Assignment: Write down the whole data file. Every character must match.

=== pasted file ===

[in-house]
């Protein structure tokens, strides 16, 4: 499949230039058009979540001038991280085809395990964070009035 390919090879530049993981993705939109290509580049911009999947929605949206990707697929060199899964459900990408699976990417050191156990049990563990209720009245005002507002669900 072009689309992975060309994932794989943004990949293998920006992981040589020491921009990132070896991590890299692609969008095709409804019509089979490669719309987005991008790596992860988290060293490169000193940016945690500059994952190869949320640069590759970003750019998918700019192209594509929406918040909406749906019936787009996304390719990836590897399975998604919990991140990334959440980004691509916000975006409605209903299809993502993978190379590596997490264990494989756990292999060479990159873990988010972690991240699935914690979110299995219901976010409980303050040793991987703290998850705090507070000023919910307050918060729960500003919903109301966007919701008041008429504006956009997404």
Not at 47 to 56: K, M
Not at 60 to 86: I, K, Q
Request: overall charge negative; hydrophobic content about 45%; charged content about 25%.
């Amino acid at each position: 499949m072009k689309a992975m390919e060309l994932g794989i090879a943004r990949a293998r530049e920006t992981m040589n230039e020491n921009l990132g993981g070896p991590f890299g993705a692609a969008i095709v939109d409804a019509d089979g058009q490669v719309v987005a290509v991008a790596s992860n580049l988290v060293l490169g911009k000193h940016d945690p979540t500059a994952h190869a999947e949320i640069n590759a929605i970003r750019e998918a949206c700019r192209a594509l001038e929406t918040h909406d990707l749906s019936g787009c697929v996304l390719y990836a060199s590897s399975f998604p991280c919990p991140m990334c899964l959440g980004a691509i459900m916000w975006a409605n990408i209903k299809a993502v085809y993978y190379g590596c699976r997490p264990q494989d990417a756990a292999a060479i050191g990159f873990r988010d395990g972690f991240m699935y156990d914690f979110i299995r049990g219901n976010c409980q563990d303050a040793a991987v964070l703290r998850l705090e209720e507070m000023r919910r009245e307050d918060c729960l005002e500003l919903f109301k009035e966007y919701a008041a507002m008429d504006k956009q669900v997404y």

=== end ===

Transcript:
[in-house]
């Protein structure tokens, strides 16, 4: 499949230039058009979540001038991280085809395990964070009035 390919090879530049993981993705939109290509580049911009999947929605949206990707697929060199899964459900990408699976990417050191156990049990563990209720009245005002507002669900 072009689309992975060309994932794989943004990949293998920006992981040589020491921009990132070896991590890299692609969008095709409804019509089979490669719309987005991008790596992860988290060293490169000193940016945690500059994952190869949320640069590759970003750019998918700019192209594509929406918040909406749906019936787009996304390719990836590897399975998604919990991140990334959440980004691509916000975006409605209903299809993502993978190379590596997490264990494989756990292999060479990159873990988010972690991240699935914690979110299995219901976010409980303050040793991987703290998850705090507070000023919910307050918060729960500003919903109301966007919701008041008429504006956009997404």
Not at 47 to 56: K, M
Not at 60 to 86: I, K, Q
Request: overall charge negative; hydrophobic content about 45%; charged content about 25%.
């Amino acid at each position: 499949m072009k689309a992975m390919e060309l994932g794989i090879a943004r990949a293998r530049e920006t992981m040589n230039e020491n921009l990132g993981g070896p991590f890299g993705a692609a969008i095709v939109d409804a019509d089979g058009q490669v719309v987005a290509v991008a790596s992860n580049l988290v060293l490169g911009k000193h940016d945690p979540t500059a994952h190869a999947e949320i640069n590759a929605i970003r750019e998918a949206c700019r192209a594509l001038e929406t918040h909406d990707l749906s019936g787009c697929v996304l390719y990836a060199s590897s399975f998604p991280c919990p991140m990334c899964l959440g980004a691509i459900m916000w975006a409605n990408i209903k299809a993502v085809y993978y190379g590596c699976r997490p264990q494989d990417a756990a292999a060479i050191g990159f873990r988010d395990g972690f991240m699935y156990d914690f979110i299995r049990g219901n976010c409980q563990d303050a040793a991987v964070l703290r998850l705090e209720e507070m000023r919910r009245e307050d918060c729960l005002e500003l919903f109301k009035e966007y919701a008041a507002m008429d504006k956009q669900v997404y």